He now walks very well on a leash and today we were working on Sit & Sit-Stay. You can really see his stubbornness when you try to get him to sit. When you say sit he calmly stands there as if to say, “You can’t possibly talking to me.” Even when you show him a cookie his whole demeanor is one of, I don’t have to. Once you get him to sit he has an eternal clock that told him that after 30 seconds he could and should get up. By the time we were done with the morning session he would hold the sit-stay for 3 minutes and I went 10 feet away from him.

As I stated in our first conversation the trick is correcting him for fence jumping, because we are doing the training at my house. So far he has not tried to jump my fence. He got real interested one time when a squirrel was just on the other side of the fence. He ran up to the fence and put his front paws on the fence. Of course he was corrected. Now I did forget to ask you how he jumps the fence? Does he clear the whole fence, put his front paws on the fence and push off with his back paws or does he climb the fence?

Right now I am continuing to work on walking, sit & sit stay so that they all become more habitual and that he will do them even with distractions. Tomorrow we will also work on down. I’ll let you know how it goes.

Duke’s update: I must admit Duke is wild, he has no self control, no manners and is very busy. He is the AD/HD kid of the dog world. You put him on a leash and he goes into instant pull mode. If I didn’t know any better I would say he is part Husky & kangaroo.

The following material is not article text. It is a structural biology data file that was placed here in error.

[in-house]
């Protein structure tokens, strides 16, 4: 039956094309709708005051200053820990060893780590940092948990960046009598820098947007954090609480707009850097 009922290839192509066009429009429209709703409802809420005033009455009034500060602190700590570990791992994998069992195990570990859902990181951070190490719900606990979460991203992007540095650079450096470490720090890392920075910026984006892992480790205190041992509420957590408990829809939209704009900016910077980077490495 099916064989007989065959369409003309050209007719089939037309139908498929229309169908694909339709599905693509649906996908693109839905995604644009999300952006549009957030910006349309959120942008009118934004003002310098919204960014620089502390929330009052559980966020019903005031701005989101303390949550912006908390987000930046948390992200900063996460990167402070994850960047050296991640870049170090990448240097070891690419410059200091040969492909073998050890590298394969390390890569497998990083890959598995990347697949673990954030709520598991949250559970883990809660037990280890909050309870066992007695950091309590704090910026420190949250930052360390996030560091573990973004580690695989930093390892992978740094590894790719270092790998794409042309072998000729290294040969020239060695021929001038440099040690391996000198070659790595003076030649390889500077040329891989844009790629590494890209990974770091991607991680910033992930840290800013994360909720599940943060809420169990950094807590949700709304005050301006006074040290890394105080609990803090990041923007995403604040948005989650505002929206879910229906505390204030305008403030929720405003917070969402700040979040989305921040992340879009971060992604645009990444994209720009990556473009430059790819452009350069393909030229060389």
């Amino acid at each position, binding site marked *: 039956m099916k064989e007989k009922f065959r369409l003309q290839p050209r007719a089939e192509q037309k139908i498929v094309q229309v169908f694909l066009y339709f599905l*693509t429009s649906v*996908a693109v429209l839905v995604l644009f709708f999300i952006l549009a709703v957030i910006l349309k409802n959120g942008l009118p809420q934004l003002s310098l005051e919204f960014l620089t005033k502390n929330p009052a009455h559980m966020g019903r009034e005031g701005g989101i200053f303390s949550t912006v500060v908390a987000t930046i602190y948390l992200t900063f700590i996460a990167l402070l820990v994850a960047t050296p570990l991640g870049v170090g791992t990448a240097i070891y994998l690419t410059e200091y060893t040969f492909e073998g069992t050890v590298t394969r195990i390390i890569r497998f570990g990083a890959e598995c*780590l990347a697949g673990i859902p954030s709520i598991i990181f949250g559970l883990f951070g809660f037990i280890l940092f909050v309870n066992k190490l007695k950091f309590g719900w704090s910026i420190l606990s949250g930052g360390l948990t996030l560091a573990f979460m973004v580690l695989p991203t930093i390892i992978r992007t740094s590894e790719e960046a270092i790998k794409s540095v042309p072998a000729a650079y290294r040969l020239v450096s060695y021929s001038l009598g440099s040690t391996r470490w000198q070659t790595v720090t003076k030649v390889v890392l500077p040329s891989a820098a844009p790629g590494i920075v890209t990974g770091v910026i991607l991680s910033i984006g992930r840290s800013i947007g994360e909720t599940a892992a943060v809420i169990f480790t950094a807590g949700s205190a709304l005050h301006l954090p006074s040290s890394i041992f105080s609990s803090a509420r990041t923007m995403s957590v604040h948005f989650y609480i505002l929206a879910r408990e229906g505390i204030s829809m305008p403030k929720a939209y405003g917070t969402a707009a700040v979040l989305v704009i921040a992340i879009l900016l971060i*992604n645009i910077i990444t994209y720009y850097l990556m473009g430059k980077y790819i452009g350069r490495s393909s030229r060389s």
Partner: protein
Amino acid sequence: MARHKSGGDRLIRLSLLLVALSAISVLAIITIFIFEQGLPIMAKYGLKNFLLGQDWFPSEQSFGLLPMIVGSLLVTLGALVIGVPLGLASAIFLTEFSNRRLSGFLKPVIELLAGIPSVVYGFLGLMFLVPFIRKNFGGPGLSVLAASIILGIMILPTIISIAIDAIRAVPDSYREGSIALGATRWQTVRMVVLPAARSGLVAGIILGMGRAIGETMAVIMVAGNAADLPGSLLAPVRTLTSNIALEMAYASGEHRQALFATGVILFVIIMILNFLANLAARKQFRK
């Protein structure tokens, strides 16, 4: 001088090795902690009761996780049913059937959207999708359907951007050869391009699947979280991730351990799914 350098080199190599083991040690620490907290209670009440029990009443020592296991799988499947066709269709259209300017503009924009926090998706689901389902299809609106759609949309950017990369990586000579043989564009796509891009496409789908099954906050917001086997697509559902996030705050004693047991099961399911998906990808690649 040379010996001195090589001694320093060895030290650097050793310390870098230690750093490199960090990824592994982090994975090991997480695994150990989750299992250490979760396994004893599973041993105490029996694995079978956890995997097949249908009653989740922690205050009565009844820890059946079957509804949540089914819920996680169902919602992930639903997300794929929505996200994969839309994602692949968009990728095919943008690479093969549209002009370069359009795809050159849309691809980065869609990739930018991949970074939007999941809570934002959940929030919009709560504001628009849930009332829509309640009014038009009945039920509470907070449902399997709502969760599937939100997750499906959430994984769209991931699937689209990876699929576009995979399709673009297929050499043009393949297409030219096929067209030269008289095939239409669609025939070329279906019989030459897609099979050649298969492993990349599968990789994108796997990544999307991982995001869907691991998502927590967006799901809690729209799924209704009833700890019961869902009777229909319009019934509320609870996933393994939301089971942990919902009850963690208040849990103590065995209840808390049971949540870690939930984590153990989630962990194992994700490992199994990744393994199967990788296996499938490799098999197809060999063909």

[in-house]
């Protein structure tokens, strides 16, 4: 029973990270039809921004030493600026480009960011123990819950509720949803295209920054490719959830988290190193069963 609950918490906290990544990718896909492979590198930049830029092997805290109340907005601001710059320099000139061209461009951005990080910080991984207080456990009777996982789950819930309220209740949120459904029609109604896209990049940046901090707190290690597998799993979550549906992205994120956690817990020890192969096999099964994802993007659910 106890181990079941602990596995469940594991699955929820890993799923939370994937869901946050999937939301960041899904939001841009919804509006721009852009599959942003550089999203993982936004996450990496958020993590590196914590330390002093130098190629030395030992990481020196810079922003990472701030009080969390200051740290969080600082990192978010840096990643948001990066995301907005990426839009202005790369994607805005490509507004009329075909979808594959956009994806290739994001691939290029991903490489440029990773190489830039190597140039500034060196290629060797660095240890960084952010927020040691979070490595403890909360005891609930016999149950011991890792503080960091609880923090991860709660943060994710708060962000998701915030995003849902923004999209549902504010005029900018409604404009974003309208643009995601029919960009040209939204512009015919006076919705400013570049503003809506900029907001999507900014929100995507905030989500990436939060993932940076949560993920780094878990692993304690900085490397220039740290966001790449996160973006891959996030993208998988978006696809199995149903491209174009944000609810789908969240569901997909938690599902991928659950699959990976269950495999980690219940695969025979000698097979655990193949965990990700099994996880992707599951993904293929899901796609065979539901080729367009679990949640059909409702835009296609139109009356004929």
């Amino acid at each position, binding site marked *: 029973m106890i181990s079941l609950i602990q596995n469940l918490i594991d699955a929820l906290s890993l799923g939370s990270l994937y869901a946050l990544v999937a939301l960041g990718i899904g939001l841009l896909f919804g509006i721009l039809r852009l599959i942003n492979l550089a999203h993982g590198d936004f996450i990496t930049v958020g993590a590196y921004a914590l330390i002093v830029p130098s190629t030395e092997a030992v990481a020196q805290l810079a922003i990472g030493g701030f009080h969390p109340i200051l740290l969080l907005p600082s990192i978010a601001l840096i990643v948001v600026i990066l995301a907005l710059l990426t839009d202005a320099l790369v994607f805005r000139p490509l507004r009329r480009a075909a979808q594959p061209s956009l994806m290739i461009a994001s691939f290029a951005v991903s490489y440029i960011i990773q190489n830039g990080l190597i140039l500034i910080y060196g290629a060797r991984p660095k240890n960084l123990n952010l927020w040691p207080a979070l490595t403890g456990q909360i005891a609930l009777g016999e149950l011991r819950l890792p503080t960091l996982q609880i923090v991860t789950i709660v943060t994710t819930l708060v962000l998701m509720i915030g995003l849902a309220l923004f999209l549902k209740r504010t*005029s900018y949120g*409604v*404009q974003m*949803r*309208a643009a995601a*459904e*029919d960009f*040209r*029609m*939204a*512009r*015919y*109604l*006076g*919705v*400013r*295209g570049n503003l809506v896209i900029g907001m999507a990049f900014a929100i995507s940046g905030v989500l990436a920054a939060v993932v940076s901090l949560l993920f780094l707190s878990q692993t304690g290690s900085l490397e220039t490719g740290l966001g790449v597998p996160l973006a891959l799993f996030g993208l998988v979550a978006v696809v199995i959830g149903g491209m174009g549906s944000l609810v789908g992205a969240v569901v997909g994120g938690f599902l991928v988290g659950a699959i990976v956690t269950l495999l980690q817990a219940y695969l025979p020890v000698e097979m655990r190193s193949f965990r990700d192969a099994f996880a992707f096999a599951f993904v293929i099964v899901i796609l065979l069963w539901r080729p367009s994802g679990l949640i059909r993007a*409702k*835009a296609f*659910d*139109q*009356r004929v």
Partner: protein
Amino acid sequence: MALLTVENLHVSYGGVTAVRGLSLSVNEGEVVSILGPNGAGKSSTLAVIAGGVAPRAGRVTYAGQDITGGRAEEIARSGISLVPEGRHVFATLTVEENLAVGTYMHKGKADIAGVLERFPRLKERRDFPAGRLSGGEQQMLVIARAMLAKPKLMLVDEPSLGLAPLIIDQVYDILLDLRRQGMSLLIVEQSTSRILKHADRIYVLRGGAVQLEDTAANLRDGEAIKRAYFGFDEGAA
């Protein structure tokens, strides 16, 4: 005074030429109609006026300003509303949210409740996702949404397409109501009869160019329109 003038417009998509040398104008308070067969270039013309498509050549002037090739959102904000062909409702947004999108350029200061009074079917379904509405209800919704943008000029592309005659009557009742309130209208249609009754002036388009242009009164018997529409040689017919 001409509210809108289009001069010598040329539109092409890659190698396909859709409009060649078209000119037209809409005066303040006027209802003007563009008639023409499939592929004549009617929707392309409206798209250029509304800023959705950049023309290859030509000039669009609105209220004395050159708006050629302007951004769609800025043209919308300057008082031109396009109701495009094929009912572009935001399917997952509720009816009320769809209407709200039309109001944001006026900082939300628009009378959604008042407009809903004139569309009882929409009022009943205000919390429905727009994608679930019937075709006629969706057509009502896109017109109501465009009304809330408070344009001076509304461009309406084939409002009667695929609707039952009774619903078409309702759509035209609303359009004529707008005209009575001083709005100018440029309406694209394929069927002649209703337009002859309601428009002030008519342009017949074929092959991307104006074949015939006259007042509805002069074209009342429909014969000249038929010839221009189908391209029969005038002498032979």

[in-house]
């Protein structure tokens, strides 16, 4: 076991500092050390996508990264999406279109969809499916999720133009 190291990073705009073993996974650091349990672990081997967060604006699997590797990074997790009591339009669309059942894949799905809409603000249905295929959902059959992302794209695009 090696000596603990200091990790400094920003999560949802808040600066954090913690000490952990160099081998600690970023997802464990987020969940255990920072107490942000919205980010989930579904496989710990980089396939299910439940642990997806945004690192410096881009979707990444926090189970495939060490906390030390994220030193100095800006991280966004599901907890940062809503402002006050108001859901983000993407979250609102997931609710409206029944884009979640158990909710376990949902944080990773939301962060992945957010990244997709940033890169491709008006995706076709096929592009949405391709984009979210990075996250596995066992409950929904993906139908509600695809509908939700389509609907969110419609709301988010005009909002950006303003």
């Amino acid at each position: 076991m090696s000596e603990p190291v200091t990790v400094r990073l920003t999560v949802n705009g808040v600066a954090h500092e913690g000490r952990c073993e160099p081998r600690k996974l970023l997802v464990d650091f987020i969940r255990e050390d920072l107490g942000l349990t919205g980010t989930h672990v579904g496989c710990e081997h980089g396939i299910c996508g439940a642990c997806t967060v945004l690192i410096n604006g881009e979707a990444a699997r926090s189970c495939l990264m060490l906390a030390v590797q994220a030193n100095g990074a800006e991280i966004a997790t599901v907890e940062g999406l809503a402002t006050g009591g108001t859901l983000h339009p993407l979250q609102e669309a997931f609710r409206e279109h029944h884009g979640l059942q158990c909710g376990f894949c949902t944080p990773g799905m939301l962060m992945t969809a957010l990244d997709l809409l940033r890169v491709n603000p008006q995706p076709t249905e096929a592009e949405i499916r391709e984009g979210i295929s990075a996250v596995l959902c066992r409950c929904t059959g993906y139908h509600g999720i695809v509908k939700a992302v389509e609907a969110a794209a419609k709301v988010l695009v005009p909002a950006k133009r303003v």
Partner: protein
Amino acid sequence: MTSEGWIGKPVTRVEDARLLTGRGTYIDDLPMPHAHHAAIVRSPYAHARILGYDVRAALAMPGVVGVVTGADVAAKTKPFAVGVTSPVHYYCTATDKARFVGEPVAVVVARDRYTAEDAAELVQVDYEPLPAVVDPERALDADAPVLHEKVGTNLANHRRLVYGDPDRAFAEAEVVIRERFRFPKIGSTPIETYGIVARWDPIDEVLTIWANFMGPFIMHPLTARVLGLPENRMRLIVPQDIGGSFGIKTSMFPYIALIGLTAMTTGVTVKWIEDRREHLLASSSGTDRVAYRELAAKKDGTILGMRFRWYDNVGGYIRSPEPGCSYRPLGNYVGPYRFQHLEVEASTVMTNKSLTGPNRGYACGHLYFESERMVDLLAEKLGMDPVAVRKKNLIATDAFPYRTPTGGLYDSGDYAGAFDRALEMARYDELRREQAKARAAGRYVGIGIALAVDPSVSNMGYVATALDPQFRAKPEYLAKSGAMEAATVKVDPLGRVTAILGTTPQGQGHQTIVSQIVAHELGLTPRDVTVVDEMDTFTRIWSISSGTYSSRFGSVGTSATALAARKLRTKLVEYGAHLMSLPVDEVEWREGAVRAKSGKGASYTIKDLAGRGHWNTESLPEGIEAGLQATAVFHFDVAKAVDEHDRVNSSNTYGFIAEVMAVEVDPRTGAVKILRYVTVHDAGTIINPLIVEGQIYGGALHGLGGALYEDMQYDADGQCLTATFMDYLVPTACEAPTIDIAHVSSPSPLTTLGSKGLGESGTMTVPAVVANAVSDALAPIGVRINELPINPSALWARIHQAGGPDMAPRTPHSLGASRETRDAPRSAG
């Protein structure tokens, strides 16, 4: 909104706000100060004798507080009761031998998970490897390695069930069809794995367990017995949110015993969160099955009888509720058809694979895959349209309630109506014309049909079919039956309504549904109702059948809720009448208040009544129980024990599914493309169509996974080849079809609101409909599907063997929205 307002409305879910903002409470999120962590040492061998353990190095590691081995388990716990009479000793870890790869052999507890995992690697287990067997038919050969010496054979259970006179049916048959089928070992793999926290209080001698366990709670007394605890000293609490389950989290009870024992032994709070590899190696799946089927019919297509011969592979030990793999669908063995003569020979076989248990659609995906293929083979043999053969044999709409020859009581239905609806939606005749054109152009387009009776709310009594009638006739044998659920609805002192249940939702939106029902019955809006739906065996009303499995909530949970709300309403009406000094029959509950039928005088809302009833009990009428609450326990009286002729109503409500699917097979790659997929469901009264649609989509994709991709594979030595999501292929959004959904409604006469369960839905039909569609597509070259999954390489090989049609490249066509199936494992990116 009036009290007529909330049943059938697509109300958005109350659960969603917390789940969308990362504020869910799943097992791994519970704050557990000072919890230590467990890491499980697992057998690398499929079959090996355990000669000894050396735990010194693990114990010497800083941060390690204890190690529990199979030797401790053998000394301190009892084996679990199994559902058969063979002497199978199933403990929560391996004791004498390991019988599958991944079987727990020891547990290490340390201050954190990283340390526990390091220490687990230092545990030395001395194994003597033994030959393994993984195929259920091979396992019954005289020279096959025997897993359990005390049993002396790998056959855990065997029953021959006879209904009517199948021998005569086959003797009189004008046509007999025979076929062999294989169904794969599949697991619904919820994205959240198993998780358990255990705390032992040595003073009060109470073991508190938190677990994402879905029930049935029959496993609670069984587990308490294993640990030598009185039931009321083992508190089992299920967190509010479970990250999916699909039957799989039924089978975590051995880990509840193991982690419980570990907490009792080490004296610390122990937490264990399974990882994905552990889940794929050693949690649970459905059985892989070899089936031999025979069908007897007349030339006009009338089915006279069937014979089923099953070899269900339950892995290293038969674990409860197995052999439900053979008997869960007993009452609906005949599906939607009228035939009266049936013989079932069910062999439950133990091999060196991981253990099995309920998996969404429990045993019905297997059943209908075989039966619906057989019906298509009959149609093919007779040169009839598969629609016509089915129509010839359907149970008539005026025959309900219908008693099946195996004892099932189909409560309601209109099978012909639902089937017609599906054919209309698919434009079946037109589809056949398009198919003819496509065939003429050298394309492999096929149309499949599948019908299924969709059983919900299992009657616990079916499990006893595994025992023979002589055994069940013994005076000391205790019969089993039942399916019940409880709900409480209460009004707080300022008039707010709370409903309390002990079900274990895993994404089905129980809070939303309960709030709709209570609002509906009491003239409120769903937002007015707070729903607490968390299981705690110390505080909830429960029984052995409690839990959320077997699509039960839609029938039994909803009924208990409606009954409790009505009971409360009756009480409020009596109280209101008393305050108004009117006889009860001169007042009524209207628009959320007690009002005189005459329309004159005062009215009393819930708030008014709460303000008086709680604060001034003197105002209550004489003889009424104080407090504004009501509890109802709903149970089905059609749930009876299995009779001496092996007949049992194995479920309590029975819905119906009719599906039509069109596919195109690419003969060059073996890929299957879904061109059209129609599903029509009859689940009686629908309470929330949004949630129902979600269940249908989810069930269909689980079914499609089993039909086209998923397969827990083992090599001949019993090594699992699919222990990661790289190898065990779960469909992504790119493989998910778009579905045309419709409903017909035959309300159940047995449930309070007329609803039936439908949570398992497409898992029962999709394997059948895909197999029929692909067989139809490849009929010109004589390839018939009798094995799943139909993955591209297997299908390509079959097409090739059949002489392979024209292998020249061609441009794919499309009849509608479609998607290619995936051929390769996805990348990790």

I want to go East, West, North, South, Up, Down etc.

I want to go East, West, North, South, Up, Down etc.

If he isn’t pulling he is trying to jump all over you. Some of his jumping is just from his exuberance and love of people. The other reason is that it is a way to control people. He thinks, “I keep jumping on you, putting my paw around the leash, mouthing you and than you can’t make me listen.” Of course the first thing that I did was to teach him to walk on a loose leash. To be honest when I first started working with him it was amazing. I never knew a dog could go 10 different directions, right, left, behind, in front, up, down and sideways all at once. I have never tamed horses, but it was almost as if I had a bucking bronco at the end of a leash. After about 15 minutes he figured it out and was actually walking by my side. We have had several lessons to work on his jumping. Actually every time he gets out of the crate we have a session or two on jumping, because it is so natural to him to exhibit this behavior. The important part is to remember that even though he is corrected for jumping, when he is calm and not jumping (even if it is for 2 seconds) that he gets a good boy. Often times people only give their dog attention when the dog act up and never give them attention when the dog is calm. Remember negative attention is still attention. By praising when he is calm will teach him what we expect from him.

Duke is an affection starved dog who didn’t know why his owner tied him up outside and from there he went to a kennel to await being adopted. I have only had him for a day and a half and already he is jumping less. He is walking almost perfectly on a leash and will sit.

Wow! Duke Can SIT STILL.

Wow! Duke Can SIT STILL.

Duke is a field Labrador Retriever. He was bred to run in a field all day long and is always looking for something to do. He needs a job and if he isn’t given a job. He will become bored, destructive and very nervous and hyper. We have had 2 little training sessions and I already notice a calmness about him. He is actually very intelligent and will learn quickly if given the right guidance.

I was told that he didn’t even know his name and to be honest, since he was never made to respond to his name when called. He learned that his name didn’t mean anything. If you say his name he hesitates for a second and than is off doing something else. I will have a lot of fun training Duke as under all that craziness he is a great dog.

May 28, 2010 at 2:40 am Leave a comment